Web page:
“That was due to the excitement of the royal wedding,” Harman says. He notes that other themed getaways have surged in popularity in recent years.

“Harry Potter hen weekends are a big hit,” he says. “Girls who grew up with the books are now of marrying age. We’re also seeing an increase in joint stag/hen weekends (sten) where both sets of friends come together for one big weekend.”

While the themes are extravagant, the party budget isn’t excessive by American standards. The average Brit spends about £507 on their weekend. That comes out to about $680, which is pretty comparable to what we pay for our last gasps of freedom.

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Then again, in the U.S., bachelor party costs have increased dramatically over the past several years. According to a survey from wedding website The Knot, bachelor party attendees spend an average of $738 for the festivities, while bachelorette party attendees spend about $472. Granted, we don’t see many American brides searching out Prince William look-alikes, but in terms of budgeting, pre-wedding parties are expensive on either side of the pond.

3. There are a few big differences in the actual ceremony.

“The wedding party is usually small,” says Apryl Roberts of Memorable Events by Apryl. “The bride usually has one maid of honor or two bridesmaids. The bride walks down the aisle before her bridesmaids; the groom keeps his back towards the congregation as the bride walks down the aisle.”

That last tradition stands in stark contrast to American weddings, where the groom faces the bride for the entire procession. In our opinion, the British tradition is better for a pretty simple reason.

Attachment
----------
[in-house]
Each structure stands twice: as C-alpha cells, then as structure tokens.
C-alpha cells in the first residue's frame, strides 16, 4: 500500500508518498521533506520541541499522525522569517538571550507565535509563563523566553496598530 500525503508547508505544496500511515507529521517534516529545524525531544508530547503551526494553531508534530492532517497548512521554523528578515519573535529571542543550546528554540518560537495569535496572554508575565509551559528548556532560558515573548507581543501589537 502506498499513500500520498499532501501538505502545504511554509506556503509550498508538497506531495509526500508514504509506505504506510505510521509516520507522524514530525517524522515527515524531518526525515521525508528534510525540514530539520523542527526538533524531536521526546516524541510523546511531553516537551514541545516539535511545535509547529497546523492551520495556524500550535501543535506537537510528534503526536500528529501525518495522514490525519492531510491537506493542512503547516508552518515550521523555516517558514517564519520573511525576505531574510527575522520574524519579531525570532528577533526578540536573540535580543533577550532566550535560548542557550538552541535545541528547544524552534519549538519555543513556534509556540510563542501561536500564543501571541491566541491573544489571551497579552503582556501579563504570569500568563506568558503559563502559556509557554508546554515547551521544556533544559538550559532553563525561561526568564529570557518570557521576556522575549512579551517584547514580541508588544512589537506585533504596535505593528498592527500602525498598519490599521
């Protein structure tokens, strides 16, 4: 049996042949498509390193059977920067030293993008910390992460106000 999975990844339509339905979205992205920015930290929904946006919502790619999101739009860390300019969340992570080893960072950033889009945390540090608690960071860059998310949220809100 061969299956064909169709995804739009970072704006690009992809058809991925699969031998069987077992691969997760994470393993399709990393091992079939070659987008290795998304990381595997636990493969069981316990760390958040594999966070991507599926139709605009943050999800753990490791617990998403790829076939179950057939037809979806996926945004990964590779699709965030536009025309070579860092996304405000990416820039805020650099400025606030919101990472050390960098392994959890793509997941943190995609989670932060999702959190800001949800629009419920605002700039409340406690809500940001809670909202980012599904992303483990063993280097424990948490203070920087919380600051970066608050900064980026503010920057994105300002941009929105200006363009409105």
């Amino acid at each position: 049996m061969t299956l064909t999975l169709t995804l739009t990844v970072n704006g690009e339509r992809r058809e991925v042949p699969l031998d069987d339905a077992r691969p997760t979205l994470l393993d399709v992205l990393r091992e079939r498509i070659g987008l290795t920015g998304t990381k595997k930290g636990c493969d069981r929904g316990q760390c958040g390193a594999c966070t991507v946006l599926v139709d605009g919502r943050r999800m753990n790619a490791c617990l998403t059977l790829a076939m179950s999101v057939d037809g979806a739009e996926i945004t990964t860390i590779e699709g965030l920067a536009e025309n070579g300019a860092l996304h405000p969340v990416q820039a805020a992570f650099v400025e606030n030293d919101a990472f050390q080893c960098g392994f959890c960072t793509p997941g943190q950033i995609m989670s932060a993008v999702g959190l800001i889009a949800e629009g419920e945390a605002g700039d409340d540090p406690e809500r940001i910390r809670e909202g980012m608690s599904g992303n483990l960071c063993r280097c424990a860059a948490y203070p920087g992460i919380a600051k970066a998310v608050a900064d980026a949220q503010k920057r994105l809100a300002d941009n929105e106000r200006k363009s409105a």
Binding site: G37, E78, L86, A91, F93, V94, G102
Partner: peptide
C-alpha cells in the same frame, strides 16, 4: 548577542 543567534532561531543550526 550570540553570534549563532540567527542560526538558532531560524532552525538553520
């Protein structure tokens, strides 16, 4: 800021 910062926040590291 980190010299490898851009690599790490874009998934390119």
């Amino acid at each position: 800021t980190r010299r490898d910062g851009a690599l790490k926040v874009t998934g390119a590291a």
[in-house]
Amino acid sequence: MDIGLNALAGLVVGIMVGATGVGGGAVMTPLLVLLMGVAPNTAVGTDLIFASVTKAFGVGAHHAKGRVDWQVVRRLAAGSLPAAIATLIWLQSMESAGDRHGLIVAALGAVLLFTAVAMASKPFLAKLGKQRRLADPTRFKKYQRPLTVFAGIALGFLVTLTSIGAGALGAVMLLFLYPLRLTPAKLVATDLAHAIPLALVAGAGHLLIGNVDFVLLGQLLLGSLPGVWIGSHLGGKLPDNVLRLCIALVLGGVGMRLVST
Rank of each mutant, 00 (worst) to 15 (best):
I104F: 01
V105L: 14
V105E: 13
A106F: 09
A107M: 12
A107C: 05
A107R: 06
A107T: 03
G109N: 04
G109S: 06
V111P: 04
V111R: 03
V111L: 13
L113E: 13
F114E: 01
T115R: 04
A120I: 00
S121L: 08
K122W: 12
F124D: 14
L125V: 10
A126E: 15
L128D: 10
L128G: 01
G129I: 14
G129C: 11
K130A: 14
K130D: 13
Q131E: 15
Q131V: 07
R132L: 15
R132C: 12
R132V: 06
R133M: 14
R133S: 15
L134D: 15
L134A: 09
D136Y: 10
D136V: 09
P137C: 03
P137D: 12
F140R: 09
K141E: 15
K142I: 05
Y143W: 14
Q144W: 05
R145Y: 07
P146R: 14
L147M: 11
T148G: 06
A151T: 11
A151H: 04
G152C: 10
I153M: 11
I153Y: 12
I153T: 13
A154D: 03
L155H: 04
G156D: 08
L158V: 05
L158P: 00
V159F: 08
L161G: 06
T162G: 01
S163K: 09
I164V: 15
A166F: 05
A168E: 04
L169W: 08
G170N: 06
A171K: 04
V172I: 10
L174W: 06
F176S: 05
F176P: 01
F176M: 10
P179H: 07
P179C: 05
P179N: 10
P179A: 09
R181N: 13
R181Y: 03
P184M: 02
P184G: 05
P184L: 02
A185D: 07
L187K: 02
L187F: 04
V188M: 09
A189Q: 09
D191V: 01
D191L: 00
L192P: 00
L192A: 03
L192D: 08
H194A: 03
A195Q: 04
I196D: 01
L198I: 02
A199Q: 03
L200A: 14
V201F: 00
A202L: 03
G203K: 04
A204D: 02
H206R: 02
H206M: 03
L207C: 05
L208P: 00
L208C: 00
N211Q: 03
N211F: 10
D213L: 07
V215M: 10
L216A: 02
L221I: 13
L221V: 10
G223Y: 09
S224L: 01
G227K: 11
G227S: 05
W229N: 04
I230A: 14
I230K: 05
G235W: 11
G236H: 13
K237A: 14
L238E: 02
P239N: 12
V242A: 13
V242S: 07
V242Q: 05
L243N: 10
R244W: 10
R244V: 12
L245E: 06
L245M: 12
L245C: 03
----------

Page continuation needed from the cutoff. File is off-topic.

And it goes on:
“The groom faces away from the bride until she reaches him, and everyone gets to experience their first look,” says Shakti Sotomayor of wedding registry website Blueprint Registry. “[It’s] the British tradition that we love the most.”

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PBS (via Insider)

Usually, in American weddings, the bridal party remains standing during the ceremony. In British weddings, the bridal party sits in the first row during the ceremony. Everyone dresses up, guests included.

“Weddings are a much more formal occasion [in Britain],” White says. “You won’t often see any groom opting to wear jeans to his ceremony.”

To be fair, we haven’t seen that in American weddings, either, but we’ve certainly seen a few uncles walk into the church with untucked flannel shirts. That wouldn’t fly in jolly old Britain.

American weddings often take place in the mid-afternoon, but British weddings tend to occur in the morning or at midday, which leaves plenty of time for the (relatively short) reception.

4. There’s just one problem with a typical British wedding ceremony: You’re not invited.

If you’re a typical Brit, the first wedding you attend might be your own.

“The British have a strict rule: No ring, no bring,” says White. “If a couple is not married, the invited guest’s significant other is not invited to the ceremony or reception following. However, he or she is typically a guest at the evening reception.”

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We couldn’t find statistics about the “no ring, no bring” rule—it’s not exactly the type of thing that people track—but Prince Harry and Meghan Markle instituted the policy at their wedding, as did Pippa Middleton. That rule might be traditional, but it’s also quite practical.